THE NIBBLE BLOG: Products, Recipes & Trends In Specialty Foods
Also visit our main website, TheNibble.com.

TIP OF THE DAY: Seacuterie

Every foodie knows charcuterie: meats crafted into pâtés, rillettes sausages, terrines and more.

In the U.S., it is served as a first course and often appears on appetizer boards alongside cheeses and cold cuts.

But whether for palate preference, avoidance of so much animal fat or pescatarianism, a new trend is redefining charcuterie: seacuterie, an appetizer platter* of seafood.

Seacuterie is a new term for smoked and cured fish and shellfish dishes prepared with techniques typically associated with meats.

The first example we know of was the salmon pastrami developed by pioneering chef David Burke at Park Avenue Cafe in New York City, in the early 1990s (photo #4—he called it pastrami salmon).

It was adopted by other chefs, and led to other fish pastrami, culmimating in the most gorgeous mosaic of octopus pastrami from Chef Markus Glocker at Bâtard in New York City (photo #3). Now, chefs from coast to coast—especially seafood specialists—offer seacuterie plates (photo #2).

While you may not be up for making salmon pastrami or octopus pastrami (we couldn’t even find a recipe for it!), you can put together a “seacuterie” board of assorted appetizer fish. We did it for New Year’s Eve—it’s great with champagne and other sparkling wines—and are planning it again for Valentine’s Day.

CREATING A SEACUTERIE PLATTER

This is not an exercise for the faint of pocket, but you can save money by seeking out frozen seafood and limiting your choices (photo #1).

Everything should be easy: nothing in the shell, like crab claws; nothing drippy, like calamari salad.

Select five types of seafood. Some suggestions:

  • Anchovies (we like Cento brand, delicious on buttered bread)
  • Cold smoked salmon (types of smoked salmon)
  • Gravlax (recipe)
  • Hot smoked salmon
  • Salmon pastrami (David Burke’s original recipe)
  • Salads: crab, herring, shrimp, tuna, whitefish
  • Sardines (look for the flavored ones from BELA-Olhão
  • Shrimp
  • Taramasalata (Greek caviar spread, from the supermarket)
  • Tuna or salmon tataki (recipe)
  •  
    ACCOMPANIMENTS

  • Cocktail sauce (recipe)
  • Dill spread (recipe)
  • Horseradish spread (recipe)
  •  
    Plus

  • Assorted breads, flatbreads, specialty crackers
  • Capers or caperberries, drained
  • Lemon or lime, thin slices or wedges
  • Olives
  • Red onion, thinly sliced
  •  
    Preparation

    1. ARRANGE the items on a large serving platter or board. Some items (capers, olives, salads) will require ramekins or small bowls).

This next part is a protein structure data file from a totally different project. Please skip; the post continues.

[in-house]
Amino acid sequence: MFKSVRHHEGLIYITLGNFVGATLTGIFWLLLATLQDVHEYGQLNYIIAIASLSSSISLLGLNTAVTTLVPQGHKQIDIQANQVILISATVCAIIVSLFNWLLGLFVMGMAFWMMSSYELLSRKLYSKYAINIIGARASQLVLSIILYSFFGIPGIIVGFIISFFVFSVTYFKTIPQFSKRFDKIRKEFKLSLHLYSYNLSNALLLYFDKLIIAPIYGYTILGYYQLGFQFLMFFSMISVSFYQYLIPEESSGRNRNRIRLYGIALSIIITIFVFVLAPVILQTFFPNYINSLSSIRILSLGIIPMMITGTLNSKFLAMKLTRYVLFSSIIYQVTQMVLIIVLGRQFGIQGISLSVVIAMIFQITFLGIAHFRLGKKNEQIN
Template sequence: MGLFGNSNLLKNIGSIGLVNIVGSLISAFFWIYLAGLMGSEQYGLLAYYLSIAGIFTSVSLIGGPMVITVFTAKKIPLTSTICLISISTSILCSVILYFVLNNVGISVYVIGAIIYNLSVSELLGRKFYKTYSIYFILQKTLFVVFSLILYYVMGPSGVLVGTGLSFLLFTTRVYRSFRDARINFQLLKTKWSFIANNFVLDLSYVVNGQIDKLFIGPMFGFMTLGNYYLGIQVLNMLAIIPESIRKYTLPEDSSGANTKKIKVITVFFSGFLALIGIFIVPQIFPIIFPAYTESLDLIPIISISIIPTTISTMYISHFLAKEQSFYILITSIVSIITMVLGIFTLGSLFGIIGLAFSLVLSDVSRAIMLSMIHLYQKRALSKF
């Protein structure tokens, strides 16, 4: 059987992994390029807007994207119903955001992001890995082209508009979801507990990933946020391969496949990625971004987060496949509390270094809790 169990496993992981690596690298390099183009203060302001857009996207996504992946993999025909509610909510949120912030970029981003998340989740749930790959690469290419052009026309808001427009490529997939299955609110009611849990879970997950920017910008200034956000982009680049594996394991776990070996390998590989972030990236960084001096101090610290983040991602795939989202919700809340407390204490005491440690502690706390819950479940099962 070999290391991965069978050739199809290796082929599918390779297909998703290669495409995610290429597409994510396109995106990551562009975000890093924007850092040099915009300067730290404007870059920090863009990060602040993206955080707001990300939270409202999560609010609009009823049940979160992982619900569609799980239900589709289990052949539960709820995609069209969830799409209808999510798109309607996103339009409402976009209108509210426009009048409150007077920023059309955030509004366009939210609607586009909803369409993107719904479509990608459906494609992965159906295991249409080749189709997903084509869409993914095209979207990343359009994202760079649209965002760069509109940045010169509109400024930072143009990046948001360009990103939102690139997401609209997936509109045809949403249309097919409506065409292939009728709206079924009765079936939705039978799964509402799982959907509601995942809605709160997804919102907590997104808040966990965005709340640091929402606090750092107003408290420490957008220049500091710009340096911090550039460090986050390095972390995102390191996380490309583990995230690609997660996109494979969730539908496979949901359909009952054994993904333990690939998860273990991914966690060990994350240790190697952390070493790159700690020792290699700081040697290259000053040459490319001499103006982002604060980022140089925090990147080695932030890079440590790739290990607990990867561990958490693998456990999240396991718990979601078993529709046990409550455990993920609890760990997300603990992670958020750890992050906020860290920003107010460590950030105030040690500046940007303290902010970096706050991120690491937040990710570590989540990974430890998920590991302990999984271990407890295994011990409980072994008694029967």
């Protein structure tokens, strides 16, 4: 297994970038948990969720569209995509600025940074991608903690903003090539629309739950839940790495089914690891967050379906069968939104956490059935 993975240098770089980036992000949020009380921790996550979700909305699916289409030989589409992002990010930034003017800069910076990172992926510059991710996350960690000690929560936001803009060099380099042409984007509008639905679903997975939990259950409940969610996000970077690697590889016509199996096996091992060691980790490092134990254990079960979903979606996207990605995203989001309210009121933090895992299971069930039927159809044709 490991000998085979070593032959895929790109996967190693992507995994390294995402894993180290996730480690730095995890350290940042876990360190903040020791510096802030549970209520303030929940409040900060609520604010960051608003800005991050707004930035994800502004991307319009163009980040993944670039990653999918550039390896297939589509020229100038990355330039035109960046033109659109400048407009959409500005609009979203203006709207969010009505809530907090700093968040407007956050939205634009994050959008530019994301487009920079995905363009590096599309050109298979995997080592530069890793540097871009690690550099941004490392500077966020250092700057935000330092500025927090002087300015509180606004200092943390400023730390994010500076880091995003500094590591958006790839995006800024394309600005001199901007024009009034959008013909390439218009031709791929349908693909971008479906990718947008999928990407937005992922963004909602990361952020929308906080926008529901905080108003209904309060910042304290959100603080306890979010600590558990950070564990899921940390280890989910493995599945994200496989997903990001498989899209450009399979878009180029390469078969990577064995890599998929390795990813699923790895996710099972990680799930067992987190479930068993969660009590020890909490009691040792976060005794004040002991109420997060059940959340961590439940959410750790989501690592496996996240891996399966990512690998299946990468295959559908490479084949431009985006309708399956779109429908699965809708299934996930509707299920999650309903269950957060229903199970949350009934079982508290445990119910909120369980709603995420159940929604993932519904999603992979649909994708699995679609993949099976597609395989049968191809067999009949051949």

2. GARNISH the platter with sprigs of dill.

    3. SET OUT cocktail forks or picks, small spoons (like espresso spoons) and spreaders; plus cocktail plates and napkins.

    4. SERVE the breads and crackers on a separate plate or basket, unless you have a jumbo plate that holds everything.

     

    Seacuterie Plate

    Seacuterie

    Octopus Pastrami

    Salmon Pastrami

    [1] You can put together a basic seacuterie board with fresh or frozen seafood (here, formerly frozen shrimp and tuna tataki from Provigo, with dill dip). [2] An elegant seacuterie board from Chef Aaron Black of PB Catch in Palm Beach. [3] Octopus pastrami by Markus Glocker (photo by NY Eater). [4] The original seacuterie: salmon pastrami from Chef David Burke.

     
    ________________
    *A seacuterie platter is different from a plateau de fruits de mer, a platter of shellfish—lobster, oysters, shrimp, etc.—served on a bed of ice, along with condiments such as mignonette sauce, cocktail sauce and lemon wedges. It is usually served on a silver stand instead of a flat plate or platter.

      

    Comments

    GLUTEN FREE: Cheryl’s Cookies

    Cheryl's Gluten Free Cookies

    Gluten Free Cookies

    You can’t tell that these gluten-free cookies are gluten free! Photo courtesy Cheryl’s.

     

    We have dear friends and readers with gluten sensitivity, so we keep an eye out for anything above the ordinary that they might enjoy.

    When Cheryl’s offered us a taste test of their conventional versus gluten-free cookies in advance of National Gluten Free Day (January 13th), we didn’t hesitate to bite.

    They said we wouldn’t be able to taste the difference, and they were correct.